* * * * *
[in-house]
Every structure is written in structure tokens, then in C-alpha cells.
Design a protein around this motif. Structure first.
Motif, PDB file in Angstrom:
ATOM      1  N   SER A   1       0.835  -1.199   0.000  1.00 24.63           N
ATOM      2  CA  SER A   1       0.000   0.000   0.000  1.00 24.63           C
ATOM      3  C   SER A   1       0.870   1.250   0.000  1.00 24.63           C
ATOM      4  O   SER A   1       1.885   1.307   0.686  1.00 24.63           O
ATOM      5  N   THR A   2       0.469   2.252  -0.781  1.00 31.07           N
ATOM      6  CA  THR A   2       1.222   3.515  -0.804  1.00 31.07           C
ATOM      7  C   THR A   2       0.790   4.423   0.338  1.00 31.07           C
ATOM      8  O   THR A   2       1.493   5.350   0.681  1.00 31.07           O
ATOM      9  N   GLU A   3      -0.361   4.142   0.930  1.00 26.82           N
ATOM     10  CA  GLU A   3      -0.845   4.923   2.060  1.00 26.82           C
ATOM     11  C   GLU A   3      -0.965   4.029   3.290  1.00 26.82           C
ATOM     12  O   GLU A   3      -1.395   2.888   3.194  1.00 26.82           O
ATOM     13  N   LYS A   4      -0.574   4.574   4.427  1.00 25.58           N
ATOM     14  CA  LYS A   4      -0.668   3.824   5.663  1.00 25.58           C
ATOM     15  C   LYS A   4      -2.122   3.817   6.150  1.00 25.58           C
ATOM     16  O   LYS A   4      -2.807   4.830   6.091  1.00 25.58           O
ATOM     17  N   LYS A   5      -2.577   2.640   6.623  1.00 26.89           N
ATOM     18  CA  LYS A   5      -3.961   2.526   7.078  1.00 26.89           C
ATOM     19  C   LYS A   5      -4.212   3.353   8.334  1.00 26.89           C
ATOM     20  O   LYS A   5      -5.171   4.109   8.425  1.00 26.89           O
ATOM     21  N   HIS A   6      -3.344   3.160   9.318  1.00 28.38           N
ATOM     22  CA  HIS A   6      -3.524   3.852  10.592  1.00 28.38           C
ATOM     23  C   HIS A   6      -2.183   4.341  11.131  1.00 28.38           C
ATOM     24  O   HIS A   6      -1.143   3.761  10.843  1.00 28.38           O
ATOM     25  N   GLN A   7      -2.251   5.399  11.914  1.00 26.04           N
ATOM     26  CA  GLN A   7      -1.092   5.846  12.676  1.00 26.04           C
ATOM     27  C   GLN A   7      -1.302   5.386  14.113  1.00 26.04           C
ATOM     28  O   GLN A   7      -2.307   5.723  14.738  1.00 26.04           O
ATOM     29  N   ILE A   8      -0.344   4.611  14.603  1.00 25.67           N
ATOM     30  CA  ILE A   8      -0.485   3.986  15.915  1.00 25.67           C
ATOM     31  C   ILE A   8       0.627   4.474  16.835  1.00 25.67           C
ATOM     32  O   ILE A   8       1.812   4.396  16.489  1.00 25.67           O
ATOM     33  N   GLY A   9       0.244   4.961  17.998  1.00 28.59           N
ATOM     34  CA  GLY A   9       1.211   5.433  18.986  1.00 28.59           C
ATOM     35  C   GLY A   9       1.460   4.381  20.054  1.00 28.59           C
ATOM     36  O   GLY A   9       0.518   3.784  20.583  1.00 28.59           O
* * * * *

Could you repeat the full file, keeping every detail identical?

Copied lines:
[in-house]
Every structure is written in structure tokens, then in C-alpha cells.
Design a protein around this motif. Structure first.
Motif, PDB file in Angstrom:
ATOM      1  N   SER A   1       0.835  -1.199   0.000  1.00 24.63           N
ATOM      2  CA  SER A   1       0.000   0.000   0.000  1.00 24.63           C
ATOM      3  C   SER A   1       0.870   1.250   0.000  1.00 24.63           C
ATOM      4  O   SER A   1       1.885   1.307   0.686  1.00 24.63           O
ATOM      5  N   THR A   2       0.469   2.252  -0.781  1.00 31.07           N
ATOM      6  CA  THR A   2       1.222   3.515  -0.804  1.00 31.07           C
ATOM      7  C   THR A   2       0.790   4.423   0.338  1.00 31.07           C
ATOM      8  O   THR A   2       1.493   5.350   0.681  1.00 31.07           O
ATOM      9  N   GLU A   3      -0.361   4.142   0.930  1.00 26.82           N
ATOM     10  CA  GLU A   3      -0.845   4.923   2.060  1.00 26.82           C
ATOM     11  C   GLU A   3      -0.965   4.029   3.290  1.00 26.82           C
ATOM     12  O   GLU A   3      -1.395   2.888   3.194  1.00 26.82           O
ATOM     13  N   LYS A   4      -0.574   4.574   4.427  1.00 25.58           N
ATOM     14  CA  LYS A   4      -0.668   3.824   5.663  1.00 25.58           C
ATOM     15  C   LYS A   4      -2.122   3.817   6.150  1.00 25.58           C
ATOM     16  O   LYS A   4      -2.807   4.830   6.091  1.00 25.58           O
ATOM     17  N   LYS A   5      -2.577   2.640   6.623  1.00 26.89           N
ATOM     18  CA  LYS A   5      -3.961   2.526   7.078  1.00 26.89           C
ATOM     19  C   LYS A   5      -4.212   3.353   8.334  1.00 26.89           C
ATOM     20  O   LYS A   5      -5.171   4.109   8.425  1.00 26.89           O
ATOM     21  N   HIS A   6      -3.344   3.160   9.318  1.00 28.38           N
ATOM     22  CA  HIS A   6      -3.524   3.852  10.592  1.00 28.38           C
ATOM     23  C   HIS A   6      -2.183   4.341  11.131  1.00 28.38           C
ATOM     24  O   HIS A   6      -1.143   3.761  10.843  1.00 28.38           O
ATOM     25  N   GLN A   7      -2.251   5.399  11.914  1.00 26.04           N
ATOM     26  CA  GLN A   7      -1.092   5.846  12.676  1.00 26.04           C
ATOM     27  C   GLN A   7      -1.302   5.386  14.113  1.00 26.04           C
ATOM     28  O   GLN A   7      -2.307   5.723  14.738  1.00 26.04           O
ATOM     29  N   ILE A   8      -0.344   4.611  14.603  1.00 25.67           N
ATOM     30  CA  ILE A   8      -0.485   3.986  15.915  1.00 25.67           C
ATOM     31  C   ILE A   8       0.627   4.474  16.835  1.00 25.67           C
ATOM     32  O   ILE A   8       1.812   4.396  16.489  1.00 25.67           O
ATOM     33  N   GLY A   9       0.244   4.961  17.998  1.00 28.59           N
ATOM     34  CA  GLY A   9       1.211   5.433  18.986  1.00 28.59           C
ATOM     35  C   GLY A   9       1.460   4.381  20.054  1.00 28.59           C
ATOM     36  O   GLY A   9       0.518   3.784  20.583  1.00 28.59           O